With 5 events and over 50 sessions under our belt, let’s look at a few metrics and talk about what I learned.

What I learned about the session submission process

I wanted to make it easy for people to submit an abstract, get feedback on it, and have it automatically eligible for several rounds of voting for successive events. I didn’t want speakers to have to re-submit every time – I know as a speaker, I usually submit some of the same talks over and over. No sense in reinventing the wheel.

So the number of 115 abstracts submitted for 5 events sounds low, but I was happy with it. We had more than enough to have competitive voting. We’re not overwhelmed with abstracts, but we don’t need to be.

However, I had to modify the “automatically re-submit it every time” part – we ended up with a few abstracts that the presenters weren’t refining based on feedback, and weren’t doing well in the voting, so it didn’t make sense to keep ’em around.

I’m comfortable with where this is at, and we’ll stick with this for 2018.

What I learned about the peer review process

Only 486 comments have been left.That 486 number is deceivingly high, too, because it includes comments left on sessions after they went live.

In the beginning, abstract review was loud & lively, but this has definitely tapered down over time. The new-abstract feedback is pretty dang silent. I let this go to see if folks would pick it up, and they definitely didn’t – not their fault, the site just doesn’t give reviewers the tools and incentive they need to talk about an abstract.

I think if this is going to be a big goal going forward, I need to make it easier for reviewers with a better web site structure for it. To me, success for GroupBy means growing the next generation of speakers, and we need collaborative abstract review to make that work well. I’m going to put some thought into this during my next personal retreat to figure this out.

What I learned about voting

We initially started with the readers rating sessions individually, and then taking the top-rated sessions. That was a lot of work for readers, though, so we switched to just letting them vote and pick their favorite 10. I’m very happy with how that’s going – the events have been a neat mix of SQL Server topics.

When I first unveiled the anything-goes format of the event, I was actually worried that the topics might suddenly stray way away from SQL Server, like into pure development (C#, Java) or into systems administration. That didn’t happen – the top voted sessions focused on the Microsoft data platform.

I like this a lot, and I have no plans to change it in 2018.

What I learned about the event itself

When I first started it, I was the only cohost because I wanted to show folks what I meant by cohost. Later in the year, I invited past presenters to be cohosts (since they understood how the event worked,) and that worked really, really well. At last week’s event, I stayed online the whole time and popped in for intros & breaks, and I’m there as a backup, but I wasn’t on camera for any of the sessions. I’m really happy with that because it makes the event more sustainable – it can keep working even if I’m not around.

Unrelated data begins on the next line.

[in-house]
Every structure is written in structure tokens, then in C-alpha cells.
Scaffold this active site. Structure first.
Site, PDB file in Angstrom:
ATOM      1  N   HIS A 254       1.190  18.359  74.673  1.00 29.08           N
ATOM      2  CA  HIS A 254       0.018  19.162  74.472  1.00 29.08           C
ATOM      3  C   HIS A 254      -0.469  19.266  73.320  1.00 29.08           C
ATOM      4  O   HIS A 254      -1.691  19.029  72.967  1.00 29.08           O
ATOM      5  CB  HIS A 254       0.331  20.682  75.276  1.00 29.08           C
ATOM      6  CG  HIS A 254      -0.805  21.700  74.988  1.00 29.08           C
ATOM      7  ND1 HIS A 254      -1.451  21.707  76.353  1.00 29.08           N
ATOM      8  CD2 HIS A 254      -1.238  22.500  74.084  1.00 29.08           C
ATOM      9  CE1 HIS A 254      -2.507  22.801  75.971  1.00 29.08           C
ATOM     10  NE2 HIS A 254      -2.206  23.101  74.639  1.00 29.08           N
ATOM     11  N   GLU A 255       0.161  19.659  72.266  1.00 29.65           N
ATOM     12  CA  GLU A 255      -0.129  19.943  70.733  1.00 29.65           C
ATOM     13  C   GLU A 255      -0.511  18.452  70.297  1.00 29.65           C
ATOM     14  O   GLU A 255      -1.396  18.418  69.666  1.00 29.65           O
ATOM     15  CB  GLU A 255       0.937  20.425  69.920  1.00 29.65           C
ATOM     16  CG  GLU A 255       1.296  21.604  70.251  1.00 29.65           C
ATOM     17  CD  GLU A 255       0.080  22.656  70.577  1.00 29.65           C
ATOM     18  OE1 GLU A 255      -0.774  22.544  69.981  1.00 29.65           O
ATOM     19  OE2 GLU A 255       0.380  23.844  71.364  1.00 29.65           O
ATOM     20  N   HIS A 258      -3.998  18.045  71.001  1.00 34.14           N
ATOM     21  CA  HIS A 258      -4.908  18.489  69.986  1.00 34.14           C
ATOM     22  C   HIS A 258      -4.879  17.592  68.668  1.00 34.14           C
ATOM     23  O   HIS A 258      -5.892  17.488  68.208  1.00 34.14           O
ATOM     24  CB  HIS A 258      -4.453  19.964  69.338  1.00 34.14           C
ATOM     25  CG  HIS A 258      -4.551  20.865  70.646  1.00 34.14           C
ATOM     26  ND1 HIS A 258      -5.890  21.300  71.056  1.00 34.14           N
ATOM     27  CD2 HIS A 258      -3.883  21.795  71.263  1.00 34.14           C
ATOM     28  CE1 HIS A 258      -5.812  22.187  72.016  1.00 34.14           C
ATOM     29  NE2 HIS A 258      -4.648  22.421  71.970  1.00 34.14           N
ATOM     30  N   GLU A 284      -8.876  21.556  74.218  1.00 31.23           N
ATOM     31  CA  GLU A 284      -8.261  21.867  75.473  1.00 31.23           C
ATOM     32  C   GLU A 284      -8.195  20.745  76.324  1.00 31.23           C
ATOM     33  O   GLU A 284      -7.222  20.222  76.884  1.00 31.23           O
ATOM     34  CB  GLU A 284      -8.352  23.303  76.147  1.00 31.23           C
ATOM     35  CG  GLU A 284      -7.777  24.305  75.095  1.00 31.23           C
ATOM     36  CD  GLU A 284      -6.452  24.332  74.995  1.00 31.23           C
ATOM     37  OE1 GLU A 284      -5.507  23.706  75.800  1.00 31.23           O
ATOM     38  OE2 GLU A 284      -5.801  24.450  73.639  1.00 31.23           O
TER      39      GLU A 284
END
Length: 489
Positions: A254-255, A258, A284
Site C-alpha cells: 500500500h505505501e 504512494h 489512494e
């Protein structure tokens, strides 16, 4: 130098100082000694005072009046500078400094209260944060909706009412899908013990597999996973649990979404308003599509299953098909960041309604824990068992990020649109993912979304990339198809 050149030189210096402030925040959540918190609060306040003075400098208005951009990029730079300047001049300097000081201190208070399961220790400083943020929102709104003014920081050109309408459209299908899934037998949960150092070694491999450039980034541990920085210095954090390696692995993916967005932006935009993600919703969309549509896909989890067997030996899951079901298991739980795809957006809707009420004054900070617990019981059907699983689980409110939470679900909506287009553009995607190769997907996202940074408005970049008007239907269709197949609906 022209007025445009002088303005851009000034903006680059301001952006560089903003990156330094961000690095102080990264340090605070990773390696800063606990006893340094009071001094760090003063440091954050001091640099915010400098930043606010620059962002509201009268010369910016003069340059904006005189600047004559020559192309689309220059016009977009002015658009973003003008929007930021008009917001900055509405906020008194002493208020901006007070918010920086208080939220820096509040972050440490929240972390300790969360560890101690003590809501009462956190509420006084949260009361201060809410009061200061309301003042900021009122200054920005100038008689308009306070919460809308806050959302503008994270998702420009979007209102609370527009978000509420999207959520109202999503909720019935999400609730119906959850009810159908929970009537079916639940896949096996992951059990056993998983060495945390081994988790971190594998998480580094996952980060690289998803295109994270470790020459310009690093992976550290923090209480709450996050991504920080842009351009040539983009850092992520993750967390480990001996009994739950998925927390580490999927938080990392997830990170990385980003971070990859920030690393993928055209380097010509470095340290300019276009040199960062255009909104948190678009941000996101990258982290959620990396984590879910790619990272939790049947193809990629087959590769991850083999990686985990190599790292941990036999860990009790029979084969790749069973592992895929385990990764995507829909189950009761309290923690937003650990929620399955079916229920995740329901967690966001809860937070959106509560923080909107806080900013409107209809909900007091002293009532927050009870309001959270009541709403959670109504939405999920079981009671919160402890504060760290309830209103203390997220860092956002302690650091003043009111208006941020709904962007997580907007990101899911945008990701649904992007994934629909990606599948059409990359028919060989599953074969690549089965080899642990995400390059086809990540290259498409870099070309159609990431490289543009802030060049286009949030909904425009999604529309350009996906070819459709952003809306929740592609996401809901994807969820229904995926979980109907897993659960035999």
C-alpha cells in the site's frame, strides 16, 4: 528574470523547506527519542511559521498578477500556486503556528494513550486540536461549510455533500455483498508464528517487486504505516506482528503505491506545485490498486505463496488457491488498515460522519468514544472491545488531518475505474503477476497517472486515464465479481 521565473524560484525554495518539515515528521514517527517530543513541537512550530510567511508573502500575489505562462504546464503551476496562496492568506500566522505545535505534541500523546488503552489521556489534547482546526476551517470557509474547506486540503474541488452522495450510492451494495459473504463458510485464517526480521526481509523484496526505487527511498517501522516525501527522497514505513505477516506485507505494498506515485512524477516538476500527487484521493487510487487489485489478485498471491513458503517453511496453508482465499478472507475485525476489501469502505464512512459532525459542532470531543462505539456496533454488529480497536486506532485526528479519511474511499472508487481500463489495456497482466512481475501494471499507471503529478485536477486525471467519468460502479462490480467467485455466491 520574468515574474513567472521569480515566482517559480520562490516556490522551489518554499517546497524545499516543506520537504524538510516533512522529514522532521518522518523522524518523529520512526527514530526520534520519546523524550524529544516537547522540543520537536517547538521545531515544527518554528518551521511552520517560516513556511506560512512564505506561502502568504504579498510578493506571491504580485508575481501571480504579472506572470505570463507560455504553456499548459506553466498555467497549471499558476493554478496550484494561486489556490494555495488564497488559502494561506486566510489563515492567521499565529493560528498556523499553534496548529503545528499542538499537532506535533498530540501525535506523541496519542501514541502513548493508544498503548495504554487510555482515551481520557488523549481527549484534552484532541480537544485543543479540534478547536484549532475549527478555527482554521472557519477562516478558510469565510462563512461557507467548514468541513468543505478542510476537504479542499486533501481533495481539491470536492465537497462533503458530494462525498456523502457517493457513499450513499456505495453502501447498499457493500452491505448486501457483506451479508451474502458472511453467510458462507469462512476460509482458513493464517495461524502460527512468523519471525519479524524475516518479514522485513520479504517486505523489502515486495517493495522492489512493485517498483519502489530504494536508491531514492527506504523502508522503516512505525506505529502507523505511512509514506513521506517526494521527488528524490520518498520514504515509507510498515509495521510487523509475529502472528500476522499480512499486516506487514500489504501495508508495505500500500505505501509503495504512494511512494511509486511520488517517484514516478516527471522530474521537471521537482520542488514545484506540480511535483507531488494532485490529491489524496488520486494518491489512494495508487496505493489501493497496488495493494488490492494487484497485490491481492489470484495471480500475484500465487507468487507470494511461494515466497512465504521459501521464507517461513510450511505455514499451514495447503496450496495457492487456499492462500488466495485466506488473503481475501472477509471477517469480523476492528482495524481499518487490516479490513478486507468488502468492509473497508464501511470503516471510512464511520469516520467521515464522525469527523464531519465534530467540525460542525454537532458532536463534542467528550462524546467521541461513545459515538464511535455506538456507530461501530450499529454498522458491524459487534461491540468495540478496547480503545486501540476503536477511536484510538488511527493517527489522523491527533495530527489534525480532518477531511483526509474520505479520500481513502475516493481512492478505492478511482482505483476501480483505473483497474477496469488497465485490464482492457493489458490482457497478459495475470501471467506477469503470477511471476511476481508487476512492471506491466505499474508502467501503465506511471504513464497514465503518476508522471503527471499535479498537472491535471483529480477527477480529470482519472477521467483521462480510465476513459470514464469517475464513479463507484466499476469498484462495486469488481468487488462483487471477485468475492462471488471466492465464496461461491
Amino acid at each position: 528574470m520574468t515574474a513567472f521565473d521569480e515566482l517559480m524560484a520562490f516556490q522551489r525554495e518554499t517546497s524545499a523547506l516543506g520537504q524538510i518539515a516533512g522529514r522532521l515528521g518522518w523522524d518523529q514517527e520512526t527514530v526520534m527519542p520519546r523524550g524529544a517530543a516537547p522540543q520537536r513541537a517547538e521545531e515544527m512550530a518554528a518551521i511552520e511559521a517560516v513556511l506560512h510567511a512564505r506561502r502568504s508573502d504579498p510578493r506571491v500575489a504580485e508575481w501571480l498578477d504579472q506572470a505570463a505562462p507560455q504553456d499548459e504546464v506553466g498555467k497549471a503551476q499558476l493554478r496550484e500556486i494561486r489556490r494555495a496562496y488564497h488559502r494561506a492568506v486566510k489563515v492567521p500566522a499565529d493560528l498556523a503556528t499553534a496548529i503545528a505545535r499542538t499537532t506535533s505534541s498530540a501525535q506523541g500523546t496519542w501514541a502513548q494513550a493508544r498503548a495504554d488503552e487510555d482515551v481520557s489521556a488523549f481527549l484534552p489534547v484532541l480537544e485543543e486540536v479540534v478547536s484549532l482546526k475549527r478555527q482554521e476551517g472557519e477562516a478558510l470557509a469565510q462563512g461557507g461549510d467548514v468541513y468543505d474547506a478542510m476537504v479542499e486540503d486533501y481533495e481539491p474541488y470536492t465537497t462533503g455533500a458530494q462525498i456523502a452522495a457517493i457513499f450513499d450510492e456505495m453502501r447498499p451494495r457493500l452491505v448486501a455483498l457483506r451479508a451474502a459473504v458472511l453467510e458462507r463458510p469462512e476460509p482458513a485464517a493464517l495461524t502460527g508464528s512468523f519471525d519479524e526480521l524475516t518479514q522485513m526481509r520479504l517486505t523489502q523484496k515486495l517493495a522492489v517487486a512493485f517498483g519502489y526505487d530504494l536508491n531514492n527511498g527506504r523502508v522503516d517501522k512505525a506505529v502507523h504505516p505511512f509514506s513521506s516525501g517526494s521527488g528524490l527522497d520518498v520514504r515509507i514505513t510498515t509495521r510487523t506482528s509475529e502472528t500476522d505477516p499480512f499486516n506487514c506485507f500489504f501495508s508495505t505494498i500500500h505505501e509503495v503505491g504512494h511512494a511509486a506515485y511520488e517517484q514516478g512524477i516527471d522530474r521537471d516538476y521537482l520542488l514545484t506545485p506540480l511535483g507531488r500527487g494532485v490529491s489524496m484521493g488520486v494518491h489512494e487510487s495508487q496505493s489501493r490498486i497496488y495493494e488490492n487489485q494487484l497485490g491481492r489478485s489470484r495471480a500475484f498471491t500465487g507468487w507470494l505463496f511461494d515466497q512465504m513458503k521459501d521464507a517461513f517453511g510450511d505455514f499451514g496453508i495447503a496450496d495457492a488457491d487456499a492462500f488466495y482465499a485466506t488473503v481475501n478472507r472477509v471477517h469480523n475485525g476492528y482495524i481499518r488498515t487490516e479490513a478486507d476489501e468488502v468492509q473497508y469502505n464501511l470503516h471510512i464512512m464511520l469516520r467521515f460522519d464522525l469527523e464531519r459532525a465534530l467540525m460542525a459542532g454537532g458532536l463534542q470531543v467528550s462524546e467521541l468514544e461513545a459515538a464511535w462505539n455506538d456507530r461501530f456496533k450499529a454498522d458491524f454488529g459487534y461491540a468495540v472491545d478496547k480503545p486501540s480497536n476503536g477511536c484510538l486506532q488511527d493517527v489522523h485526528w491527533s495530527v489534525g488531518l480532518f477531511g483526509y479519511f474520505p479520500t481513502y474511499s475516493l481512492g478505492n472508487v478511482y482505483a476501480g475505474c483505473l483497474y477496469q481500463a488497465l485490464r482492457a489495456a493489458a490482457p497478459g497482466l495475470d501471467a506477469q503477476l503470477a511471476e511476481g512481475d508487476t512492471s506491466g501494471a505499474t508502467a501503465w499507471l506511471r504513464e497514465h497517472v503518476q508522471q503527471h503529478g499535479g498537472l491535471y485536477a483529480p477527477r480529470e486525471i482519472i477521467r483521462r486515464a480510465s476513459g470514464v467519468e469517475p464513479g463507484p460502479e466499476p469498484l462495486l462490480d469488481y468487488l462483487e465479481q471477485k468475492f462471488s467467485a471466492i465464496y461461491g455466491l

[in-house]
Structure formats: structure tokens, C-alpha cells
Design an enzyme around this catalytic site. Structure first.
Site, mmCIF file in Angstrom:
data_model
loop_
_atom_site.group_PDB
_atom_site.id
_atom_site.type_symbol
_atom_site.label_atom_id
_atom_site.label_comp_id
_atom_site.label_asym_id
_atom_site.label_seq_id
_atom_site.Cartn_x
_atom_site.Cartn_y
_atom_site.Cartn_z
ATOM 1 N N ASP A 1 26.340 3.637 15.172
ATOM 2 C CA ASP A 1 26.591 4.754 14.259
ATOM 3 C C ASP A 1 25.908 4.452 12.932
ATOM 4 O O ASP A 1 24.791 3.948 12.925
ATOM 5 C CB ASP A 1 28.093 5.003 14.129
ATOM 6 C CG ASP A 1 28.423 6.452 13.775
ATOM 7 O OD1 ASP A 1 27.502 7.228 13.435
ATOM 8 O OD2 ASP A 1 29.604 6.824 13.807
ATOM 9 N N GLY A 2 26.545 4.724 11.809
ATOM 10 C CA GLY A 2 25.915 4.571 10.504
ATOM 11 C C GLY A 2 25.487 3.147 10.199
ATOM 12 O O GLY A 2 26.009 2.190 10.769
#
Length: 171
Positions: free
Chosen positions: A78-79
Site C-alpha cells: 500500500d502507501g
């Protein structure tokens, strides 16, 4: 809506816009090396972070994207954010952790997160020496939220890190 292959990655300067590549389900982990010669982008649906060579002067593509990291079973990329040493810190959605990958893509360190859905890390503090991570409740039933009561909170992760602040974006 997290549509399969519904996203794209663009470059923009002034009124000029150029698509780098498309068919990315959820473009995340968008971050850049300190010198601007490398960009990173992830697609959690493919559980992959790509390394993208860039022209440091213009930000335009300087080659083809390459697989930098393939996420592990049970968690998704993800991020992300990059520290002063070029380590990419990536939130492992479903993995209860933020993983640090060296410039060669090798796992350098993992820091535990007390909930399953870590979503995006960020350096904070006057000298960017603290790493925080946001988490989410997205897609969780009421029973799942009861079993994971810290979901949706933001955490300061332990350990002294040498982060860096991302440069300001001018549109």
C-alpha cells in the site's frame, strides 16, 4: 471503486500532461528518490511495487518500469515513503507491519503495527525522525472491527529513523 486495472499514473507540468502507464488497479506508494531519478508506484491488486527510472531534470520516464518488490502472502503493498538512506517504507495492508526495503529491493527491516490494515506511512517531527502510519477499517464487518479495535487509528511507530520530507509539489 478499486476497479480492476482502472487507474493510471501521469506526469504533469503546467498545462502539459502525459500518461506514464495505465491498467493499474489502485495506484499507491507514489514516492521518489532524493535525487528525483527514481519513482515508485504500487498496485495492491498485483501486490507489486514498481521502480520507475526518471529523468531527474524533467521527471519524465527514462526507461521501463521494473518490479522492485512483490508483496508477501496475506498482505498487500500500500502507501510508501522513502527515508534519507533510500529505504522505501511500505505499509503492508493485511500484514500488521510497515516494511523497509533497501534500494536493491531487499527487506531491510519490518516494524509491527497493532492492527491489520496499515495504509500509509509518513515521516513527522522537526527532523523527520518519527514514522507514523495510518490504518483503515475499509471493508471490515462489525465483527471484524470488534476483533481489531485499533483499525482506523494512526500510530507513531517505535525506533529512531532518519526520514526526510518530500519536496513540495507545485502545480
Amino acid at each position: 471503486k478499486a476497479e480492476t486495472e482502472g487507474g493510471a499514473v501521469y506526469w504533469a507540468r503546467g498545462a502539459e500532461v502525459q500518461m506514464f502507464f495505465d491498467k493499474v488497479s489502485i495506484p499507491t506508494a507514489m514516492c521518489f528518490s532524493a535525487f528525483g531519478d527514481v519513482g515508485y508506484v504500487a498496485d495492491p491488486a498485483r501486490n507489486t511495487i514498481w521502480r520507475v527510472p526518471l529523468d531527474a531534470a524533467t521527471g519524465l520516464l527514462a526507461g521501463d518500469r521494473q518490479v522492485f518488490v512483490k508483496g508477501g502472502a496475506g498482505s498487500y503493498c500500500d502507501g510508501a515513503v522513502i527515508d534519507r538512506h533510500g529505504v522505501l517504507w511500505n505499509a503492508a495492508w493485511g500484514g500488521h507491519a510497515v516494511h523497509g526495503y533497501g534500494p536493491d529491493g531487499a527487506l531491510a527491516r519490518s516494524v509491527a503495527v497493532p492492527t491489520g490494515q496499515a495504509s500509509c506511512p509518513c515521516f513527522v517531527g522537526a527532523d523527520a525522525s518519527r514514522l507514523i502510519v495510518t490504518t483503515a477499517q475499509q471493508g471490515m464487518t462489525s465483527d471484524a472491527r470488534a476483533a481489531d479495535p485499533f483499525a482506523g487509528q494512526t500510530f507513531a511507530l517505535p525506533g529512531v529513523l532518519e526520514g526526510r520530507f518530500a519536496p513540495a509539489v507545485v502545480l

For audience Q&A and chat, we started with using a hash tag on Twitter, but that experience is miserable. Folks don’t want to set up a hash tag monitor column in their Twitter client, they forget to include the hash tag, they can’t ask long detailed questions with threads, etc. We switched over to using the #GroupBy channel in SQLslack.com, and that’s been great, ~600 folks in there now. (Plus it gets more people into the community Slack, which is good – this whole thing is all about getting more people into a sustainable community.)

The session length was a really big experiment. We started with sessions starting every 2 hours, but length was anybody’s guess – presenters could do anything from 45 minutes to 90 minutes. I wanted to encourage a really casual event with long onscreen chats during the breaks.

However, presenters thought they HAD to produce 90 minutes worth of material. While I’m all about free training, I also want this event to be about new speakers getting their feet wet, and 90 minutes is just way too long for first-time presenters. For December’s event, I let presenters pick their session length, encouraging them to do shorter ones.

For 2018, the events will start at 8AM Eastern, and a new session will start every hour. (That means sessions need to max out around 45-50 minutes.) In my own online training experience, that’s felt like the max length of time people can go without a bio break. New presenters will get a single 45-minute spot, and repeat presenters will get the choice of 1 spot or 2. Even if they choose 2 spots, though, it’s still going to be 45 minutes, then 15-minute bio break & chat, then another 45-minute spot.

What I learned about the recordings

Folks are definitely consuming ’em. Stats for 2017, not including the December events:

  • GroupBy YouTube channel:
    • 1,341 subscribers
    • 55,373 views
    • 13,052 hours of video watched (meaning on average, 1.5 people are watching a GroupBy video at any given time)